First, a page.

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On Edge(s)

In 2009 the Museum of Modern Art made a major announcement concerning its displays that was dutifully reported by the New York Times: the chief curator of painting and sculpture, Ann Temkin, had decided to remove the frames from the museum’s collection of Abstract Expressionist paintings, thus “freeing” the paintings from the “domestication” of the gallery space.

Edges/Limits. Edges/Tableau

Edges are limits. Limits are exposed through questioning. Uncovering and questioning limits in painting is a process that is akin to questioning the limits of the social, political, and personal—working painting at the margins or the center; top down or bottom up; visible or invisible; surface conditions and underneaths.

Painted Sides: Bringing Visual and Emotional Energies Together

The sides of the paintings are commonly seen as trivial and frivolous. Painting them could be considered unsophisticated; they simply are not an important part of the work. Sides are usually covered with a frame or left bare, with the remnants of the artist’s process still visible.

Painting without Edge

I write about the edge in my own painting as a way of situating myself in the world and figuring out how to receive it.

In Conversation

SQUEAK CARNWATH with Amanda Gluibizzi

Carnwath’s large-scale paintings feature her personal vocabulary of faces, vases, candlesticks, sinking ships, blocks of color, and constellations, while placing written messages squarely in front of her viewers. Notably, Carnwath also scrawls the titles of her paintings down the left and right edges of her canvases which she always displays unframed, something I wanted to learn more about.

Embarrassment of Edges

The first time I saw, in an art conservation studio, the unframed edges of a 16th-century portrait, it felt something like having accidentally seen undressed a distinguished, older man in my professional field. (It was, of course, an “old master” painting). I was embarrassed for both of us.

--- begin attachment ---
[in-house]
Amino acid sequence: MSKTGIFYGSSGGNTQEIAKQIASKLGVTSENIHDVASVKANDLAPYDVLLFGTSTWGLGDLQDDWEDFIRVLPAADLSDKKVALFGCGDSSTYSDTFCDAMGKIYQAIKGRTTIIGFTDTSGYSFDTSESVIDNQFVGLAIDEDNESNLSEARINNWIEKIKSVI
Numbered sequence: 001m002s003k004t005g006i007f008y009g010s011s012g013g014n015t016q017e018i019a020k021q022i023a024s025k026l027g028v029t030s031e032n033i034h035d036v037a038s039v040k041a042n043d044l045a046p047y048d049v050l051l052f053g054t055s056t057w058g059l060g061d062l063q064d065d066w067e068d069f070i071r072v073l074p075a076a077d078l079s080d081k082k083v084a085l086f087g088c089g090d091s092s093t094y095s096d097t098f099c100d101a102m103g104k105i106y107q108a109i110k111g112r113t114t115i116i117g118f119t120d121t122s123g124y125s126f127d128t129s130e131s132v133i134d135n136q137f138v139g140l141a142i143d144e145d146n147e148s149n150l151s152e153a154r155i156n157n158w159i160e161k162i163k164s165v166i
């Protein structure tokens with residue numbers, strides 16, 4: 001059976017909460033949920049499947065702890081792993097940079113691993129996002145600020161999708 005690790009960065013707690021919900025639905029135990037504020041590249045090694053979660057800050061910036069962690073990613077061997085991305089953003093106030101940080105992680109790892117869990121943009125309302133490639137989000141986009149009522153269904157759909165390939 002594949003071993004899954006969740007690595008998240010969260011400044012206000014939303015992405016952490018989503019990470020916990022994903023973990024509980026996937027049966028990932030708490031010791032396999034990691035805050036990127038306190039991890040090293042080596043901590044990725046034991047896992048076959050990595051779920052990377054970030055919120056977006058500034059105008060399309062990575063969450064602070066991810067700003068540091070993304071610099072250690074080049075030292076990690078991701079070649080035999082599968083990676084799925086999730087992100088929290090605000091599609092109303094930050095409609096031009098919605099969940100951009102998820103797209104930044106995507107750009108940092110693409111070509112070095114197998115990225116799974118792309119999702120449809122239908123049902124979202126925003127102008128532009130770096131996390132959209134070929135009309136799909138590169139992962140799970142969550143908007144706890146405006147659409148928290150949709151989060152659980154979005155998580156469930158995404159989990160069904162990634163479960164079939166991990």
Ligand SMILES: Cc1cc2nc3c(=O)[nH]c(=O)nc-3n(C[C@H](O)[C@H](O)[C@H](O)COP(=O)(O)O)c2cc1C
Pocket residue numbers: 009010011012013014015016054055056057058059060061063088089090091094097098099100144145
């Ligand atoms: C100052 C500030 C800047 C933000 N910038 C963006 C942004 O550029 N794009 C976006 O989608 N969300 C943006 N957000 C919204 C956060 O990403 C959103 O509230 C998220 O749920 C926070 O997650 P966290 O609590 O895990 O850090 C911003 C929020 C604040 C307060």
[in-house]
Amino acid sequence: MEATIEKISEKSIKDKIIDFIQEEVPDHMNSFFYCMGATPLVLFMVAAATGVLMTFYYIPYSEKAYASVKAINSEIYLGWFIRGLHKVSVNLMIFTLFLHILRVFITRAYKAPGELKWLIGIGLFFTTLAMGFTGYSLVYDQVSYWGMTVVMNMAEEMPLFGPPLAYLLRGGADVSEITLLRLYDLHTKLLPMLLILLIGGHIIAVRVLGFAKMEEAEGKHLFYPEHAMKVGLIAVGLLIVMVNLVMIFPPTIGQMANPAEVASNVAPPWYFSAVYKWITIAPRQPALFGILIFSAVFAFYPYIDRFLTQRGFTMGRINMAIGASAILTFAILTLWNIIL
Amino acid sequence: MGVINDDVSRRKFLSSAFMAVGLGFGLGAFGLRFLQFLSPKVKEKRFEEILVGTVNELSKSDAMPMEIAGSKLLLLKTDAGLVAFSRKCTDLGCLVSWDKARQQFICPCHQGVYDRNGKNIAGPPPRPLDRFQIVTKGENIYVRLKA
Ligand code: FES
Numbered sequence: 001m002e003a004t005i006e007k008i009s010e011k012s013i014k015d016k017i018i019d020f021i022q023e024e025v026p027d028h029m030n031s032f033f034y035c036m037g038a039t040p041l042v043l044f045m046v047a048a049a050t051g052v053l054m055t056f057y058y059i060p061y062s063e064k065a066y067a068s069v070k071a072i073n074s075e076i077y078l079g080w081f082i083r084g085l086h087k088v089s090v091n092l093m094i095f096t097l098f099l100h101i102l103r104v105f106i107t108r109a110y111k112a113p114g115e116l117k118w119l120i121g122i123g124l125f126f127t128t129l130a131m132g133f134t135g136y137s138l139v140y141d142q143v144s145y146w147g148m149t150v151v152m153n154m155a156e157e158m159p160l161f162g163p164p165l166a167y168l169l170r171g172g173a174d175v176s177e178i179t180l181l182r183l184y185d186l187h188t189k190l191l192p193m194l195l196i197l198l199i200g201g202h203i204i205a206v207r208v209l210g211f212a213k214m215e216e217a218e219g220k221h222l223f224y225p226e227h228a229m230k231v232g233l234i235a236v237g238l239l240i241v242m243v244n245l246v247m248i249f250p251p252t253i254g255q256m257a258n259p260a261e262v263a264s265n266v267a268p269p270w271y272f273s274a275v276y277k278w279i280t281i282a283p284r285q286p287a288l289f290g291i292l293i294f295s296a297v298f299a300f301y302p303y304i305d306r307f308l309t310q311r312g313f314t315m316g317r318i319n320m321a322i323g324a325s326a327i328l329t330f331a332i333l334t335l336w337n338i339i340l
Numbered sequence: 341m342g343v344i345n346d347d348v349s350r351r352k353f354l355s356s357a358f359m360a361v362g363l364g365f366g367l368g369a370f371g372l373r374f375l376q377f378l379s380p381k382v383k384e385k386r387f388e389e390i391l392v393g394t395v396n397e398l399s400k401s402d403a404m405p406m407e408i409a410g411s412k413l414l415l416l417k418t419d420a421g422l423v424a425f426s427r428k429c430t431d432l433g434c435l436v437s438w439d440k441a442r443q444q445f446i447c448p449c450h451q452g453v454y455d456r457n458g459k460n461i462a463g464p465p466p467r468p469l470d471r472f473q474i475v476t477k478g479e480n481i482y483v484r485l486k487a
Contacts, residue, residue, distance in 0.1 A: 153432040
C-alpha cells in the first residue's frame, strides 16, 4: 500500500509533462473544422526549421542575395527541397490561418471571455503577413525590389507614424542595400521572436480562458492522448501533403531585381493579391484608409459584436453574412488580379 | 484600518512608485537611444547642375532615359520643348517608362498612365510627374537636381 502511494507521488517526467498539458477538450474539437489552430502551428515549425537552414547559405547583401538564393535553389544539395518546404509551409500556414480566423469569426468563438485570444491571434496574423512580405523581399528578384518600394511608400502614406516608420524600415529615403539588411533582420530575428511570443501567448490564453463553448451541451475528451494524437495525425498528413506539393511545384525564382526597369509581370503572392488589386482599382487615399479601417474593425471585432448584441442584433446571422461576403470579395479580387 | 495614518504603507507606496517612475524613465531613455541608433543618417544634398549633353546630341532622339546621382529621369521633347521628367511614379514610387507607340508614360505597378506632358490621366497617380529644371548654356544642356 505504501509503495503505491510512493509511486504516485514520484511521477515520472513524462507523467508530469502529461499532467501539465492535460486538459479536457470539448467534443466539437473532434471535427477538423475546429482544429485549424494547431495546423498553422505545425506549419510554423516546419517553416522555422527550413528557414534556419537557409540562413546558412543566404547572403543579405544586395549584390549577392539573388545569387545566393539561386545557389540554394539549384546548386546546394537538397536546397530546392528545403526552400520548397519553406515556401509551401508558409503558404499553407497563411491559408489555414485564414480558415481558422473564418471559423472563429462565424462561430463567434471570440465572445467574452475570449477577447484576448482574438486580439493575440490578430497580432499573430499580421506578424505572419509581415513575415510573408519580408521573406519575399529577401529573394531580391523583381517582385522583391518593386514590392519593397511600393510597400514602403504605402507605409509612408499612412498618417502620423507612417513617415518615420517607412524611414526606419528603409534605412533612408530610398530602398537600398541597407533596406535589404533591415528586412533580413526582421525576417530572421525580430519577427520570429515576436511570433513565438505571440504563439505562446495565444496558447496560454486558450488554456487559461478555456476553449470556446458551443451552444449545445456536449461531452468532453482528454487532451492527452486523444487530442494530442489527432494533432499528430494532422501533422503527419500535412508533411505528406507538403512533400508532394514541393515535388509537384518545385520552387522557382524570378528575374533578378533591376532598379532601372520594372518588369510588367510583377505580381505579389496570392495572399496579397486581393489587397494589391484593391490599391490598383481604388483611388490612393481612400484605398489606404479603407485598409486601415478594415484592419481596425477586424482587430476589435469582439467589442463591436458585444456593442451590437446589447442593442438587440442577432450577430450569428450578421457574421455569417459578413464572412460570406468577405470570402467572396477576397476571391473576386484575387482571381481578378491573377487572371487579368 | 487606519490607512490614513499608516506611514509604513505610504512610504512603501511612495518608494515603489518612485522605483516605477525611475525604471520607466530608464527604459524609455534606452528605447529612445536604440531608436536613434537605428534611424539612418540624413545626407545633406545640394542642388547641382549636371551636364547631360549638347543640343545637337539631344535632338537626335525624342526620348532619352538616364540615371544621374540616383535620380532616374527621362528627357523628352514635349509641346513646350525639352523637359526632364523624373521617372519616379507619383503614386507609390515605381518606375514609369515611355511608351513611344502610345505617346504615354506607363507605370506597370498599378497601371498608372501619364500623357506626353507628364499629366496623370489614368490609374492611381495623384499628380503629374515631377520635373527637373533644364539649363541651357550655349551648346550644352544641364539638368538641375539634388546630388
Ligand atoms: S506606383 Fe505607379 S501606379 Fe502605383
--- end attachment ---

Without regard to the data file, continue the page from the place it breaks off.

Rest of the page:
The frame that suffocates the image

On one of the prints he designed in support of the 1968 student protests in France, Asger Jorn scrawled: “break the frame that suffocates the image.”

Side Issues

With the notable exception of the brilliant Beverly Fishman, who encouraged us to question all forms of painting, my education didn’t really consider the sides of paintings. They were painted white—that ever-problematic stand-in for neutrality—or stained by action on the front, but more often simply ignored.

The Ec-centric Gaze

Early in 1969, in my first years in New York, I decided that I was going to leave the frontal surface of the painting blank, using only the sides of the stretchers to paint on. I was breaking away from what I felt painting had become by then: an altogether tired formalist marking of the frontal plane which no longer appeared to offer significant new options.

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The Brooklyn Rail

OCT 2020

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